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Minimum Rigging

LaLi

Well-Known Member
Counting everything even indirectly attached to the rig, you need exactly one length of rope for each system (sheet/traveller/vang/cunningham/outhaul), plus a clew tiedown (which can of course be a strap as well) and a mast retainer. Minimum blocks are all the sheet and traveller blocks, a vang cleat block and a vang key block. That's it. (And no difference between the rig sizes.)

Why are you asking?

_
 

Curious George

New Member
I got a used boat with some deck hardware and had to buy lines, sail, batons, rudder, tiller, dagger board, want to see if the boat is water tight and sailable before I go buy more hardware
 

Wavedancer

Upside down?
Staff member
I got a used boat with some deck hardware and had to buy lines, sail, batons, rudder, tiller, dagger board, want to see if the boat is water tight and sailable before I go buy more hardware
In that case, you probably won't need to buy anything.

Just connect the end of the boom to the clew of the sail with a piece of line. Adjust the length for some (hand width) curve in the foot of the sail, but you don't need an adjustable outhaul for your test.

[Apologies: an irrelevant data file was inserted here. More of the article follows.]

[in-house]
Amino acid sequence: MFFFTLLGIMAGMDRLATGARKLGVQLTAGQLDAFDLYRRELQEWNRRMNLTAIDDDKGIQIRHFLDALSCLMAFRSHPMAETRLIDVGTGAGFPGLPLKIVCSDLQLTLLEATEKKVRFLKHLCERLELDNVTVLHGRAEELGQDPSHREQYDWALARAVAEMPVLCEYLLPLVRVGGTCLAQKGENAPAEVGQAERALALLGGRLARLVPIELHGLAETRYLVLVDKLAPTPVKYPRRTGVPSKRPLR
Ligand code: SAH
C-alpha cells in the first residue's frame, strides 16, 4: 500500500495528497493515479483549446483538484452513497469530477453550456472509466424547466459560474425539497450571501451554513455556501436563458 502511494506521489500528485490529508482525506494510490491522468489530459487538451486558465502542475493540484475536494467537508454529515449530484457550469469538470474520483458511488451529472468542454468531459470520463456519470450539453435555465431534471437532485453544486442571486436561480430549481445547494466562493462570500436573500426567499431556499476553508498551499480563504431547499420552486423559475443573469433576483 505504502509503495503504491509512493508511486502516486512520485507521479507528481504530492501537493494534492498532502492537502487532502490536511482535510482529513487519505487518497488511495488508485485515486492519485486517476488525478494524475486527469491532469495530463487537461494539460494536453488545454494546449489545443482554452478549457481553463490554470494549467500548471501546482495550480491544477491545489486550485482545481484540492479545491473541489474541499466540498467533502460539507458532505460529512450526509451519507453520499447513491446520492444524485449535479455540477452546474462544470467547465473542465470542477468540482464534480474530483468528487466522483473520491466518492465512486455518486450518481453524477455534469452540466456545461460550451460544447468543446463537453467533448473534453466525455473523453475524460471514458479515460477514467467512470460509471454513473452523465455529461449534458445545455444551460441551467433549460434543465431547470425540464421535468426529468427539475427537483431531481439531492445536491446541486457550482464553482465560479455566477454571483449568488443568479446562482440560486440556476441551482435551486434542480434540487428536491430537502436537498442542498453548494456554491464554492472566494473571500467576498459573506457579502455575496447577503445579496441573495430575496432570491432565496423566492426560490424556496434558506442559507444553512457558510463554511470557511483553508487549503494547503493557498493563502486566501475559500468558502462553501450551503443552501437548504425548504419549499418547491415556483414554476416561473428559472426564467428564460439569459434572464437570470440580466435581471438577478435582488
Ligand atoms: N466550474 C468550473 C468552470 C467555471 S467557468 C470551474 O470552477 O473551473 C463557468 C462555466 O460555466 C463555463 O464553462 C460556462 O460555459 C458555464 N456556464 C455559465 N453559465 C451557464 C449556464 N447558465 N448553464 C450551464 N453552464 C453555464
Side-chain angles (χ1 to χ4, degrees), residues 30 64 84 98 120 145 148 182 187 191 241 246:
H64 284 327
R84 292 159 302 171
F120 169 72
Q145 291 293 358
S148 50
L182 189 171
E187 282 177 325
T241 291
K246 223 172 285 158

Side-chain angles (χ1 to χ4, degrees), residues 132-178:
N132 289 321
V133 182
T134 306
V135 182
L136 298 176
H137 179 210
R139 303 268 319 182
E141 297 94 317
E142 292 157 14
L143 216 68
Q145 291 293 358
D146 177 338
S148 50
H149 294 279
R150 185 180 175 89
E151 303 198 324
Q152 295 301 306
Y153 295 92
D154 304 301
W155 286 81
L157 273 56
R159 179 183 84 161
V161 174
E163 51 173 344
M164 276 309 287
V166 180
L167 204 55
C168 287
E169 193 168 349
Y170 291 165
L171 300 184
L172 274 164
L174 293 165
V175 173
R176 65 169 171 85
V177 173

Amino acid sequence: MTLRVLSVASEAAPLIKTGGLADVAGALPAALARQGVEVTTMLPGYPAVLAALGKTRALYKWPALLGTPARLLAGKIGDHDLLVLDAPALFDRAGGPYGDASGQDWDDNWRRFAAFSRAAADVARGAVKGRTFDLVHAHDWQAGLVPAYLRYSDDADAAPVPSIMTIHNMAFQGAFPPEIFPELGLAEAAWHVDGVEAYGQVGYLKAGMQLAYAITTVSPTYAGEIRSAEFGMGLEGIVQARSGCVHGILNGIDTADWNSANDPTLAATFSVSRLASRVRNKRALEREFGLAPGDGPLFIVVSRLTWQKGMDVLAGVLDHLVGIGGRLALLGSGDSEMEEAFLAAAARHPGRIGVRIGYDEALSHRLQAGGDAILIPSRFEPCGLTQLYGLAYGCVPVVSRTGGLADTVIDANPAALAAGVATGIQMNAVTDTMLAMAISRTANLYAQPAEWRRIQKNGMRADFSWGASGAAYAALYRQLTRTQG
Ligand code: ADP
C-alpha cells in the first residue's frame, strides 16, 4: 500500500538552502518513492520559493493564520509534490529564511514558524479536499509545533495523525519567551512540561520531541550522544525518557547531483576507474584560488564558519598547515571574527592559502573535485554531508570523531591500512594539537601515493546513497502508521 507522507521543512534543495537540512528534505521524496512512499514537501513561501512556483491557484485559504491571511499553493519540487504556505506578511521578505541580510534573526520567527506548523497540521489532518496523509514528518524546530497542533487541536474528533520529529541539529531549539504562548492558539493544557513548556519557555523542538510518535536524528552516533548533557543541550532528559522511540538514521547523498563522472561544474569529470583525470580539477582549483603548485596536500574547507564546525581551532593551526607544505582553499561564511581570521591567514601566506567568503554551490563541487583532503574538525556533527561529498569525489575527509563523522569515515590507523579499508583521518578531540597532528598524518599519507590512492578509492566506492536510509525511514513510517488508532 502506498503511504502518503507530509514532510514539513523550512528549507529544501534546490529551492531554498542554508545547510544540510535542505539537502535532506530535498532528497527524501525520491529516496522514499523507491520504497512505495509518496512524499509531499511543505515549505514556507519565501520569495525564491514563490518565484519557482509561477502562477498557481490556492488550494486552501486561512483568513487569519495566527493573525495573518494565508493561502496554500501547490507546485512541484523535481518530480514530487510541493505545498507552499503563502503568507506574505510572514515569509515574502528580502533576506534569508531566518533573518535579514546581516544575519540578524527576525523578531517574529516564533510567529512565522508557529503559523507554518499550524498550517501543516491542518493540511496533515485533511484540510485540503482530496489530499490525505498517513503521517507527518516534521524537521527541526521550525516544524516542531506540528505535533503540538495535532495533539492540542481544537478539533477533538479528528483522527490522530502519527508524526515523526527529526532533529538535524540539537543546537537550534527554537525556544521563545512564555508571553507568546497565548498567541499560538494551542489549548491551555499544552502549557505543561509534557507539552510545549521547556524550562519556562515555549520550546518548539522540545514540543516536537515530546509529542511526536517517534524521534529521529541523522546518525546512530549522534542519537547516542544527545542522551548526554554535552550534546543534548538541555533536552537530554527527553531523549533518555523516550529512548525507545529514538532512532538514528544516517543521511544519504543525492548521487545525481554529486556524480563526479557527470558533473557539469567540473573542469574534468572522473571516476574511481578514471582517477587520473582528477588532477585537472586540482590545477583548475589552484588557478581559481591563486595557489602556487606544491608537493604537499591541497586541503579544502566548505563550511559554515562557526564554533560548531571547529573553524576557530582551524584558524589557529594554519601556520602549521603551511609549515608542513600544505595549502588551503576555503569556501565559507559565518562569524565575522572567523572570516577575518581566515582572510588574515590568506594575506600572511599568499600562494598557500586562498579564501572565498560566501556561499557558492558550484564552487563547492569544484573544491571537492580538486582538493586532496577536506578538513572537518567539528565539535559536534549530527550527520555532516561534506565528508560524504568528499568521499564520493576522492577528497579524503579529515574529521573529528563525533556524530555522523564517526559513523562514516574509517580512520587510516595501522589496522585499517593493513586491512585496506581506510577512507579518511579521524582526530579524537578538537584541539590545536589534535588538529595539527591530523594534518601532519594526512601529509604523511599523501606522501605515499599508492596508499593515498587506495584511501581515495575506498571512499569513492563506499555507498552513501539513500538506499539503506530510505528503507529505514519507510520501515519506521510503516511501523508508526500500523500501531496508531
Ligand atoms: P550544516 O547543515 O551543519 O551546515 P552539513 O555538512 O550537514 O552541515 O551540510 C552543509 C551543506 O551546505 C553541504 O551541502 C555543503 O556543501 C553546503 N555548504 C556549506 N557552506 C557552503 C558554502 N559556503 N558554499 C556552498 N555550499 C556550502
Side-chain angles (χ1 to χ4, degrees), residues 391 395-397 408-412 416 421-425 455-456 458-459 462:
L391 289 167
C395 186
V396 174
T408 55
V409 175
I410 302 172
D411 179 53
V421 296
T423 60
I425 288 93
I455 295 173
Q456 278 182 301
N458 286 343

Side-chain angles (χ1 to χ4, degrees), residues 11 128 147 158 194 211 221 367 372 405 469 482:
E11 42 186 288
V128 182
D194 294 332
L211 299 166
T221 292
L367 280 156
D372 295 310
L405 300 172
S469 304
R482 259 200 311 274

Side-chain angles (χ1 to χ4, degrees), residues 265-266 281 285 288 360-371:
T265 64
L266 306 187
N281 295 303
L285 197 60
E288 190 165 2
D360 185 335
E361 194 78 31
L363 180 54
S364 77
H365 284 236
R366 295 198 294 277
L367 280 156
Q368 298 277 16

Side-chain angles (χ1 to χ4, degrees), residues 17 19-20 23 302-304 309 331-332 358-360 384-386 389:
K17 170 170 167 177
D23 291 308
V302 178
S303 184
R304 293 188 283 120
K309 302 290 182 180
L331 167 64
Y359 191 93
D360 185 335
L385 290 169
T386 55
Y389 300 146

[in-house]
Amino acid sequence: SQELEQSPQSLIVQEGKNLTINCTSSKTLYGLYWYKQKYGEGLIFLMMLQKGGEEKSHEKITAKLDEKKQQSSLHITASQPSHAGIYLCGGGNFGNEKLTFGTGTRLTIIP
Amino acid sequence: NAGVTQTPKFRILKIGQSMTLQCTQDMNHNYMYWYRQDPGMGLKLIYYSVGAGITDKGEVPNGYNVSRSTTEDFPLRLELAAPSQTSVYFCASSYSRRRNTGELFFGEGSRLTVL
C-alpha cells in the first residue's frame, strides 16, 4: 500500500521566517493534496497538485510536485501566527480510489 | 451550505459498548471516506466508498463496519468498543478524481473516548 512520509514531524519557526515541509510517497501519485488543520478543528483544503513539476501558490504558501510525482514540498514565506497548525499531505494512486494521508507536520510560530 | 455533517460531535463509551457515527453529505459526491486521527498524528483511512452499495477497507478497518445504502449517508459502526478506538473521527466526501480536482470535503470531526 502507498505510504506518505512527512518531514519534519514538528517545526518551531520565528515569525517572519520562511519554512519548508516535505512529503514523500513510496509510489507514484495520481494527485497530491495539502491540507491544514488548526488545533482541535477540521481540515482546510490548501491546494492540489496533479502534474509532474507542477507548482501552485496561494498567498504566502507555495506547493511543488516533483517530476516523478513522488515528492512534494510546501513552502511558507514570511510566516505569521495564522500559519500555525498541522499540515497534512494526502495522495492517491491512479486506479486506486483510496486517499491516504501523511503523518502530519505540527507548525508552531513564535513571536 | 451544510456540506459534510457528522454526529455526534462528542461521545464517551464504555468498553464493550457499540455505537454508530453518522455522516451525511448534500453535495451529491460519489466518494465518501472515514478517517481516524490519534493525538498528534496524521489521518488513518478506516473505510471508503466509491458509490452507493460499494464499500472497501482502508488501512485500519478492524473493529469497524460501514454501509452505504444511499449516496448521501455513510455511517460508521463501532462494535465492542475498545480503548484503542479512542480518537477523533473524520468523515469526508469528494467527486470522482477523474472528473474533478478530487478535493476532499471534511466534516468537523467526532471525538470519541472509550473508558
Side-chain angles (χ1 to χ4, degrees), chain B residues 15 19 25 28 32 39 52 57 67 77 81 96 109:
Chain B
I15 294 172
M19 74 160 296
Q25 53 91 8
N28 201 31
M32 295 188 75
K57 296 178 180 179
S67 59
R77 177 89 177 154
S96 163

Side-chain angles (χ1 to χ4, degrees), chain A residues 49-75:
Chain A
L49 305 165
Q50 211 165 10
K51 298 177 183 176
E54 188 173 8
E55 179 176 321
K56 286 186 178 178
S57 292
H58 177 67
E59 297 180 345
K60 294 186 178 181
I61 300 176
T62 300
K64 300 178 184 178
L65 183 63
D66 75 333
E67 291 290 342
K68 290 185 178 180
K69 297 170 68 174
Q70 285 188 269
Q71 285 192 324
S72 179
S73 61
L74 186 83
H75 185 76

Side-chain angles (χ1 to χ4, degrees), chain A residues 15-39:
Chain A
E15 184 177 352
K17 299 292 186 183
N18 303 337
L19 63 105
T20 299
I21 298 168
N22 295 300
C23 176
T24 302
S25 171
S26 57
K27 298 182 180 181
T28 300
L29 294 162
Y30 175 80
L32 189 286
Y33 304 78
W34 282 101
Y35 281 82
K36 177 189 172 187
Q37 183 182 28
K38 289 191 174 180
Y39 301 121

You also don't need an adjustable Cunningham set up. Just a piece of line around the vang tang will do.

You don't need a 'real' boom vang either, just a piece of line to connect the boom at (roughly the appropriate location) to the vang tang. In light weather even that may not be needed; I sure hope you will do your test in light weather!

You will need a traveler (can use cheap rope rather than fancy no-stretch rope. You will need the traveler blocks, but you really don't need the hiking strap for your test.

Do make sure you connect the tiller to the rudder head (there's a pin for that).
Also make sure you have a mast retainer (a line to keep the mast with the boat).

I think I covered all that is needed, but my Laser/ILCA brain may be a bit leaky...

More in general, there is a better way to test whether your hull is water tight. It involves soapy water and light pressure (through the drain in the stern).
Did you test whether the mast tube holds water?
Another common area that may leak is the bailer.
 

Rob Hair

Active Member
If your intention is just to briefly sail the boat you can just rig a couple of short lines with bowline loops on their ends to serve as blocks. Use a third line through the loops as many times as you like to achieve the purchase you want.

Per LaLi's question, it seems you can check for leaks more easily using a soap solution and VERY low air pressure applied to drain. Use a hand pump intended for inflating air mattresses, etc. More pressure and you may get a really big new leak! :)
 
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